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Blichfeldt's Pharmacy Label Collection

SKU: VLC1009 $3.15 USD



Historic Overview

This collection of six drugstore labels is for Blichfeldt’s Pharmacy of Albany, New York. The labels are for Sedatole, Cheracol, Spirit of Camphor, Castor Oil, Essence Wintergreen, and Essence of Peppermint. The Sedatole and Cheracol labels measure 2.5” Wide x 2.25” Tall and both contained Codeine, so there is a warning that it might be habit forming. Castor Oil measures 2.5” Wide x 2” Tall and the other labels measure 2.5” Wide x 1.5 – 2” Tall and they date to the late 1920s or 1930s.

 

All of the labels place the pharmacy at the corner of Madison Avenue and Dove Street in Albany, New York, but there is one difference. The Essence Wintergreen label has the proprietor as A.G. Blichfeldt, the other five have the proprietor as W.A. Spateolts. This small mystery can be answered by an ad we found in the State College News on April 20, 1928. The ad was for A.G. Blichfeldt, Ph.G., Cut-Priced Druggist, located at 373 Madison Avenue at the corner of Dove. It indicated “Prescriptions A Specialty” and had the main telephone number as 1279. Obviously, Blichfeldt started the pharmacy and then sold to Spateolts

 

WE GUARANTEE ALL LABELS TO BE AUTHENTIC AND AS DESCRIBED!


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Witchal Witch Hazel Label - Large
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This is a fascinating Witch Hazel label from 1910 that we carry in two sizes. This is the larger label measuring 5” Wide x 3.25” High. It is from the E.E. Dickinson & Co., Essex, Connecticut and is “A valuable household remedy indicated in all inflammatory conditions.” Witch Hazel, unlike some snake oil remedies, actually works. The practice of steeping the twigs and leaves of the witch hazel plant originated with Connecticut's Native American population and produced a mild astringent which was used as a family remedy for a variety of minor ills. Commercially, however, little profit was made due to the product's short shelf life. The first person to harness the commercial potential was Dr. Alvin F. Whittemore, in the early 1860s. The secret to the doctor's success was that by adding alcohol, he preserved the witch hazel, vastly increased the product's shelf life. For the remainder of the decade, witch hazel continued to be produced by an ever changing consortium of partners, settling with the Reverend Thomas N. Dickinson. Founded in 1875 by Edward E. Dickinson, Sr., the company refined the development of witch hazel begun by the Reverend. A family controlled company until its sale, E. E. Dickinson survived the Depression and both World Wars intact and profitable. By 1983, and no longer thriving, the family sold the company to a group of investors. It is now owned by the German pharmaceutical concern, Merz Inc.   WE GUARANTEE OUR LABELS TO BE AUTHENTIC AND AS DESCRIBED!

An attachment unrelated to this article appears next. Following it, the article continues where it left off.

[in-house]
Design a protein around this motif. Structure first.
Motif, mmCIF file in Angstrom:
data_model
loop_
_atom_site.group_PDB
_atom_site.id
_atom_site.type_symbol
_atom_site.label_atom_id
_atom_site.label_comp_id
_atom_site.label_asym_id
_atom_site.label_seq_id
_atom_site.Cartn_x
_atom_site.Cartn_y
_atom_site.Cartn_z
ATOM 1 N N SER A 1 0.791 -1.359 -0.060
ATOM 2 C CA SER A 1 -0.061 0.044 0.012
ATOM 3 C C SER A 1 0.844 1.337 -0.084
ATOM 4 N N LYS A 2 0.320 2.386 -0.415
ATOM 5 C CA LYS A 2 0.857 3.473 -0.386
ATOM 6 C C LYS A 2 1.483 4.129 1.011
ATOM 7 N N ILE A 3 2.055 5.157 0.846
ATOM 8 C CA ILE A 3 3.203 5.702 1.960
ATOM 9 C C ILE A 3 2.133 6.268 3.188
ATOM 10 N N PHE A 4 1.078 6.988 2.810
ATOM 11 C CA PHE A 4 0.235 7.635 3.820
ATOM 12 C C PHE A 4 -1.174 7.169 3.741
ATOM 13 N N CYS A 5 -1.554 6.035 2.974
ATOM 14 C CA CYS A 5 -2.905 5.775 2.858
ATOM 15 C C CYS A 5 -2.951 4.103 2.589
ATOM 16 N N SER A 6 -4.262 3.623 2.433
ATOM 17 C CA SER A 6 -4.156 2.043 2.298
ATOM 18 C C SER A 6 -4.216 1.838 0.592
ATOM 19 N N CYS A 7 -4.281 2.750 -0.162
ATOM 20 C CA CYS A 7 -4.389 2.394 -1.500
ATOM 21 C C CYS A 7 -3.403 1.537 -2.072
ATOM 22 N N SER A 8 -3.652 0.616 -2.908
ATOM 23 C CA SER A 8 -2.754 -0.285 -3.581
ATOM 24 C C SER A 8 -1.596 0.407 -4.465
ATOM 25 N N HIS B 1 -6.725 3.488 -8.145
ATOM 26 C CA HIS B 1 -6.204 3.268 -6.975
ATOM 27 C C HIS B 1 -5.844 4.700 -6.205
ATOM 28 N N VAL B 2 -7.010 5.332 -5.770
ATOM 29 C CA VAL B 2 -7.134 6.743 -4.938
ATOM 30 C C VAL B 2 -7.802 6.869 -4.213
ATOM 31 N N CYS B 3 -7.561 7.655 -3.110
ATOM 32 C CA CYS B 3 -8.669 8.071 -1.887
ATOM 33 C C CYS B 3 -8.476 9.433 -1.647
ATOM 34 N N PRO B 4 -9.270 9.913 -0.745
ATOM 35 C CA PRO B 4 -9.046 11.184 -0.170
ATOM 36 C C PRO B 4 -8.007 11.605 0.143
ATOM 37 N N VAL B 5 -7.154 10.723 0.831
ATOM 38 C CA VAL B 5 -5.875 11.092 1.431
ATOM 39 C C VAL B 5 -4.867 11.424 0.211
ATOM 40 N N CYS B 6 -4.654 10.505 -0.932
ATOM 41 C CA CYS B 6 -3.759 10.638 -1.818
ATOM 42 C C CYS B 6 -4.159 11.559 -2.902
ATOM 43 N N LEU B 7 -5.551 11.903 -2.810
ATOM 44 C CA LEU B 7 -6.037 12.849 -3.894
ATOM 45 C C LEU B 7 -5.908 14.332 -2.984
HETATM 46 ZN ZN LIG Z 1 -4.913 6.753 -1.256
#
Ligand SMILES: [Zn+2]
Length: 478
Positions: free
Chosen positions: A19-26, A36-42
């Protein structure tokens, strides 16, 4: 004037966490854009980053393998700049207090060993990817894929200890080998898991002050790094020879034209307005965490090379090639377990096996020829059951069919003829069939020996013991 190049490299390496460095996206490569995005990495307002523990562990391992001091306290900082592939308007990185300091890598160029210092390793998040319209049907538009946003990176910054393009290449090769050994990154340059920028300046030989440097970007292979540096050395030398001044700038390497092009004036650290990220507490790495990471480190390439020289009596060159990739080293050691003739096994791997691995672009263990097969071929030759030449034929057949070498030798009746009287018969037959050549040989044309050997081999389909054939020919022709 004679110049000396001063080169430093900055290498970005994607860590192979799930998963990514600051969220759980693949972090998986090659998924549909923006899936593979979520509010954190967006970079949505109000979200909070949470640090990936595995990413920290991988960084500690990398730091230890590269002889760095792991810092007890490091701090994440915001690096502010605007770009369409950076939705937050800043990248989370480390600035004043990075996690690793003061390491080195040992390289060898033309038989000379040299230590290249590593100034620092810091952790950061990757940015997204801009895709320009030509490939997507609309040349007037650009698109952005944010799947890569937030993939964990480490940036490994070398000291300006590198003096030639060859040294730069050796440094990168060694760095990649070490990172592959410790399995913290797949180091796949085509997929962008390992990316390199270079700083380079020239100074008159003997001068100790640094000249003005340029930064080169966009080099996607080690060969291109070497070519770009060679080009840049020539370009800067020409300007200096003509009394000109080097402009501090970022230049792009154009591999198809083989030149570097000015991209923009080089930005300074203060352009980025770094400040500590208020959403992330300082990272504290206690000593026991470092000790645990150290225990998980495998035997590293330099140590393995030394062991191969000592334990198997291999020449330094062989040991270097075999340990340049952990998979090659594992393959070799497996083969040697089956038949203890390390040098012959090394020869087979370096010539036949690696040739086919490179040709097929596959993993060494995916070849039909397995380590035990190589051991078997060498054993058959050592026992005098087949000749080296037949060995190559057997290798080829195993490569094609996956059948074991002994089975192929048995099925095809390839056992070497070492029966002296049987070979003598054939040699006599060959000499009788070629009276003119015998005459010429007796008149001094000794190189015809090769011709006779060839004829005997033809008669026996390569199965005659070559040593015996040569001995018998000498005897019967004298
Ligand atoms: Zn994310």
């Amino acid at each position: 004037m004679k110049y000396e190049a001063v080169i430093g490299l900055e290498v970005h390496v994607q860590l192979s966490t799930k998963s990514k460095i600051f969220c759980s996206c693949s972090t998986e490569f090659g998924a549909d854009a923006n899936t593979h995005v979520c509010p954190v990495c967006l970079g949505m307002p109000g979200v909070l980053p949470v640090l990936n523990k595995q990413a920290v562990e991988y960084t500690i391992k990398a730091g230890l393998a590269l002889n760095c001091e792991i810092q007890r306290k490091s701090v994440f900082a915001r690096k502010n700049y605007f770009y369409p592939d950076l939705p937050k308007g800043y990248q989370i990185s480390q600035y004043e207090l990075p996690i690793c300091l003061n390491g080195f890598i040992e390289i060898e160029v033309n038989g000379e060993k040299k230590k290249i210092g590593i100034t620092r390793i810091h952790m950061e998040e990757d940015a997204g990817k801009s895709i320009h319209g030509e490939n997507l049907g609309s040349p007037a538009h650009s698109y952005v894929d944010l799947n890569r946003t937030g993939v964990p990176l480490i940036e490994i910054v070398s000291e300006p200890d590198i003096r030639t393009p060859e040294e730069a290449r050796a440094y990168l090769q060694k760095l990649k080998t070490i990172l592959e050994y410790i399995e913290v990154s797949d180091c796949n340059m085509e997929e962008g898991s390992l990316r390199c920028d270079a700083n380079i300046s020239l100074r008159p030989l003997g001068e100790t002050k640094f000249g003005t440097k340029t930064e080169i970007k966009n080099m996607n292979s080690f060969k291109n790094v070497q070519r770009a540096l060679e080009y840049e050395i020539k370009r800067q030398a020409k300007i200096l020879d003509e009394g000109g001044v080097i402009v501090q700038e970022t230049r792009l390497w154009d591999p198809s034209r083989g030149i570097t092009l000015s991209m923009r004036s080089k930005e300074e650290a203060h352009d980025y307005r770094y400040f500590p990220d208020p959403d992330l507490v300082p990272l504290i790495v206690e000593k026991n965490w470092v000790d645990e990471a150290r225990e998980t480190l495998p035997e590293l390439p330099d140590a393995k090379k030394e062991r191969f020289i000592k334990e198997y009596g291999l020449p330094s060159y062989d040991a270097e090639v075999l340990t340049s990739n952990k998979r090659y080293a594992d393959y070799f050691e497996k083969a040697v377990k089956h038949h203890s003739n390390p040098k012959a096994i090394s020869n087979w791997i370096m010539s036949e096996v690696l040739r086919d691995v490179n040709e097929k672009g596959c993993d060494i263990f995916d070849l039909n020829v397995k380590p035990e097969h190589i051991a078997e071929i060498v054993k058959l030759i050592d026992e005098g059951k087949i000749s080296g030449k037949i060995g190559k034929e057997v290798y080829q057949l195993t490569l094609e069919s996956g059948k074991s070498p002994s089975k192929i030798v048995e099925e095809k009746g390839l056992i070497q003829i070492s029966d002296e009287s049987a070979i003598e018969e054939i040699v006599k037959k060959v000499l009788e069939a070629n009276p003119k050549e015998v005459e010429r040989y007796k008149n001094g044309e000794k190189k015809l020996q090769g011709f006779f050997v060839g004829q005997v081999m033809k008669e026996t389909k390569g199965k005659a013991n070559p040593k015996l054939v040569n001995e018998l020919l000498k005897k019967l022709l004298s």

Schmidt's Castor Oil Label
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This label is from Schmidt’s Drug Store in Springfield, Ohio, and measures 2.5” Wide x 1.6” High. Adam Schmidt immigrated to the United States form Hessen-Darmstadt, Germany in 1842 as a young boy of 19. He moved west and at 29 joined the business of C. A. Smith & Company in Springfield, Ohio. In 1885 Adam bought out the interests of his partners and continued the business under the name of Schmidt’s Drug Store. His son Albert came into the business around 1920. I don’t know when they closed, but traced the store being opened in the late 1940s. The store remained throughout the years in the same location it started, 63 West Main Street, Springfield, Ohio. I have found a great photo of Adam Schmidt behind the counter. You will notice the Schmidt Drug Store logo is very ornate with the clouds behind the name, eagle with wings spread, and the address in a banner. You don’t see many labels with this amount of detail. Castor oil is a vegetable oil that comes from the castor bean and is a clear to pale yellow liquid with almost no odor or taste. It is documented that castor oil was used in Egypt as far back as 1500 B.C. in facial oils and in oil lamps. Castor oil has been used medically in the U.S. from the 1800s for many disorders. Traveling medicine men would mix it with as much as 40% alcohol and sell it as a cure-all. The most common and frequent use of castor oil today is in the treatment of constipation since it acts as a laxative. It is also used in ointments and creams, as well as, a lubricant in industry.   WE GUARANTEE ALL LABELS TO BE AUTHENTIC AND AS DESCRIBED!


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